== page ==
At university, our creative-writing tutors would often encourage us to write what we know, or “dig where we stand”… which is probably a good place to start, but if you stick too doggedly to that strategy there’s always the danger that you’ll end up at the bottom of a deep hole, with nothing but your own voice echoing back at you. To date I have seen three separate Sofia Coppola joints – a short film titled “Life Without Zoe” (co-written and directed by her father) which formed part of the New York Stories anthology (1989), the Hollywood-set snooze-fest Somewhere (2010), and most recently the irreverent period-piece Marie Antoinette (2006) – which are all set in very different times and locales, but still seem to about the same damn thing: A rich white girl rattling around in a gilded cage, riddled with ennui. Which isn’t necessarily a “bad” subject for a movie… but the stories are told in such a mind-numbingly boring and superficial style, that I have a hard time stopping my socialist knee from jerking.
In theory, it should be perfectly possible to sympathise with the title character, a 14-year-old Austrian princess sent to a strange country to marry a man she’s never met (Louis XVI of France), in order to seal an alliance between their two uneasy nations… but the potential trauma/drama of her first border crossing, during which she’s divested of any reminders of her homeland (including her friends, clothes, and a pet pug!), is rather undermined by the fact that the “teenage” girl is being played by a 24-year-old actress (Kirsten Dunst). And The Curse of Compression is in full effect, as a quarter-century of the character’s life is bashed through in two hours, with one of the most epic upheavals in French history reduced to little more than a footnote.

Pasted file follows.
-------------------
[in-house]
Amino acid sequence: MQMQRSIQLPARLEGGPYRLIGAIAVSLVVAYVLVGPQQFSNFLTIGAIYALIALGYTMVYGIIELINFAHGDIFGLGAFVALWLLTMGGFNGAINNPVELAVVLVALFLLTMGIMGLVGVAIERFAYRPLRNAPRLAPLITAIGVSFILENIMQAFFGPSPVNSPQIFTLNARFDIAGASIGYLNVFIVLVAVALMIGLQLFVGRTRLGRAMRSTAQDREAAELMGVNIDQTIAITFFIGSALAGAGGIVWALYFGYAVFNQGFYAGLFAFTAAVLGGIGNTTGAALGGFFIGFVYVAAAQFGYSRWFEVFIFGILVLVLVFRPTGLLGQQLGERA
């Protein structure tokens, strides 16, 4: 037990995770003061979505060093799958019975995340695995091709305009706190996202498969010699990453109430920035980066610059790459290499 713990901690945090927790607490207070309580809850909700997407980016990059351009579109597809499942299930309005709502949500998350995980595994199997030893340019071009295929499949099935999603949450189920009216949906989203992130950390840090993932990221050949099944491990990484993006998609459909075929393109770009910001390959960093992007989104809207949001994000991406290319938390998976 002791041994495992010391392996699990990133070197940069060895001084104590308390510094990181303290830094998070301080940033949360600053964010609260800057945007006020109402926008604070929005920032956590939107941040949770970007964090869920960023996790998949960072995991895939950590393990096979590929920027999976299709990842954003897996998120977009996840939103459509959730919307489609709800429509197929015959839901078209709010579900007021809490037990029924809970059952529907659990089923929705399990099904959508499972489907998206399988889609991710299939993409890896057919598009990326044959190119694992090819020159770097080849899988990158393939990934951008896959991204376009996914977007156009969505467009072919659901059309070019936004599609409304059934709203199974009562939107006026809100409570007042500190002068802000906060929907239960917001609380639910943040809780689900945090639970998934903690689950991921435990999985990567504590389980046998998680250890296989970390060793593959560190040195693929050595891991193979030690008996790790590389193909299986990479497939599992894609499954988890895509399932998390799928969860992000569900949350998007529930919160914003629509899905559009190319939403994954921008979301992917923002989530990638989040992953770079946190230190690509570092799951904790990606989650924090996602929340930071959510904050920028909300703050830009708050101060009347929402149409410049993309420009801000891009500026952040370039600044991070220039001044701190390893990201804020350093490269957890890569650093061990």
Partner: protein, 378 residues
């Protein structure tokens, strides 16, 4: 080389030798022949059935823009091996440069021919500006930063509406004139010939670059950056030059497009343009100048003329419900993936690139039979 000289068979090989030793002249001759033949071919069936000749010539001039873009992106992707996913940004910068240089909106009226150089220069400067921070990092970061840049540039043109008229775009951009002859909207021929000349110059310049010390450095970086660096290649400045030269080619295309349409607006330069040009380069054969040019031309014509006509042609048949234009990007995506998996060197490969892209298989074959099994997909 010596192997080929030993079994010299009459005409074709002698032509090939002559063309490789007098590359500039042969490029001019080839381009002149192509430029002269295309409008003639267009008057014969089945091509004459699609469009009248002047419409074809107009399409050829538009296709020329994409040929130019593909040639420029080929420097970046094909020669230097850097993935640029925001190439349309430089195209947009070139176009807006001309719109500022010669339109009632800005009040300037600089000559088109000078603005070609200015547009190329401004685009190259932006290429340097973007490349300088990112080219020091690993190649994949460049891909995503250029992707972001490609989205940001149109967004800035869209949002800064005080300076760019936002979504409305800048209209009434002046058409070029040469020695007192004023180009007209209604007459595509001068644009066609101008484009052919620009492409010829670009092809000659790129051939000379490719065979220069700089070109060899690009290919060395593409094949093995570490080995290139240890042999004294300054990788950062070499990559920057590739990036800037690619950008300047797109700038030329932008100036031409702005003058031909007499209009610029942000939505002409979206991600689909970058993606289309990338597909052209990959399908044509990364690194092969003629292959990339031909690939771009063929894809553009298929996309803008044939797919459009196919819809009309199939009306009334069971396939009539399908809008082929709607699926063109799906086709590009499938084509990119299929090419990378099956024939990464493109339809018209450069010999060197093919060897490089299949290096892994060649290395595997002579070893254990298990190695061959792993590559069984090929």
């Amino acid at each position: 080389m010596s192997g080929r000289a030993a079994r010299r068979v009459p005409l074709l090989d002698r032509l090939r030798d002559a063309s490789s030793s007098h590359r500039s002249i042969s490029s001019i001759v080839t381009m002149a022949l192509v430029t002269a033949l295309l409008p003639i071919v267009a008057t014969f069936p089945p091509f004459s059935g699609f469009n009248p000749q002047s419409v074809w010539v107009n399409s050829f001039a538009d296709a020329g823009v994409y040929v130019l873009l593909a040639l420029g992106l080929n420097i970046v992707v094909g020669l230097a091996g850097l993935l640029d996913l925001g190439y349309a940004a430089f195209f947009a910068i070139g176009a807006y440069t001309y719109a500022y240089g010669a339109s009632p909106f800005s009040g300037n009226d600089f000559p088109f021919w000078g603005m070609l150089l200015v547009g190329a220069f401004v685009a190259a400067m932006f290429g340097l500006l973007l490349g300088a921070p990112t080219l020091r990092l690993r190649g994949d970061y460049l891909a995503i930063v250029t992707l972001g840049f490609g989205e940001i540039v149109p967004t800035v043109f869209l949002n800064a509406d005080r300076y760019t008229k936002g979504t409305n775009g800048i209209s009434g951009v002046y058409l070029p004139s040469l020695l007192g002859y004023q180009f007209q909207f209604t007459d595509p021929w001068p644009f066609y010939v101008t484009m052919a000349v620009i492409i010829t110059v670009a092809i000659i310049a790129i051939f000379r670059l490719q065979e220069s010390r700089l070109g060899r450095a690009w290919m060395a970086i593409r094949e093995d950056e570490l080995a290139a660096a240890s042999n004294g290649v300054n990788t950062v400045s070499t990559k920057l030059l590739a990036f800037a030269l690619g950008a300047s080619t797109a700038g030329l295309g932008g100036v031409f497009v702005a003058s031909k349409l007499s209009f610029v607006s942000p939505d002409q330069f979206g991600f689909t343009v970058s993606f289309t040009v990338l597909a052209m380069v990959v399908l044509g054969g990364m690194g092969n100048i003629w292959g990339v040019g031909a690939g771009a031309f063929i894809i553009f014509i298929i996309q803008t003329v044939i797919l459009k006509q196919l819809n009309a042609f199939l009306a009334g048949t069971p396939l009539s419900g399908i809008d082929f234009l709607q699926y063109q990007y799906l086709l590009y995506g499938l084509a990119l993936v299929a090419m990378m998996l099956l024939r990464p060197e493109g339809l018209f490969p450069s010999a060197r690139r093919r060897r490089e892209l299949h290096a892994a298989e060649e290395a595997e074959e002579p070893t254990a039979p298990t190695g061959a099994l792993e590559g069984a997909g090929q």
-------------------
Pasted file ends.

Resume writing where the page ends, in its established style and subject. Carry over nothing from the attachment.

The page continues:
While it’s probably true that Antoinette never literally spoke the words “Let them eat cake!”, this movie does suggest that she was quite content to gobble pastries, guzzle champagne, and fawn over shiny shoes, while the country’s poorest citizens suffered and starved off-screen. We see her visiting Paris to attend operas and masked balls, but never to visit the destitute or disaffected. There’s a vague reference to her supporting several charities, but only in the context of how her over-spending on luxury items meant that she wouldn’t be able to make any donations that month. I don’t have a firm enough grasp on history to say whether the real Antoinette could have done anything to avert her fate, but as a fictional character she is sorely lacking in agency, ambition, and awareness… so the whole movie feels like an affectless montage, that slips from your memory like a listless sigh. Meh.
P.S. Here’s a pre-emptive parody trailer for Coppola’s next project, an adaptation of The Little Mermaid, starring AnnaSophia Robb and Evan Peters. Fun!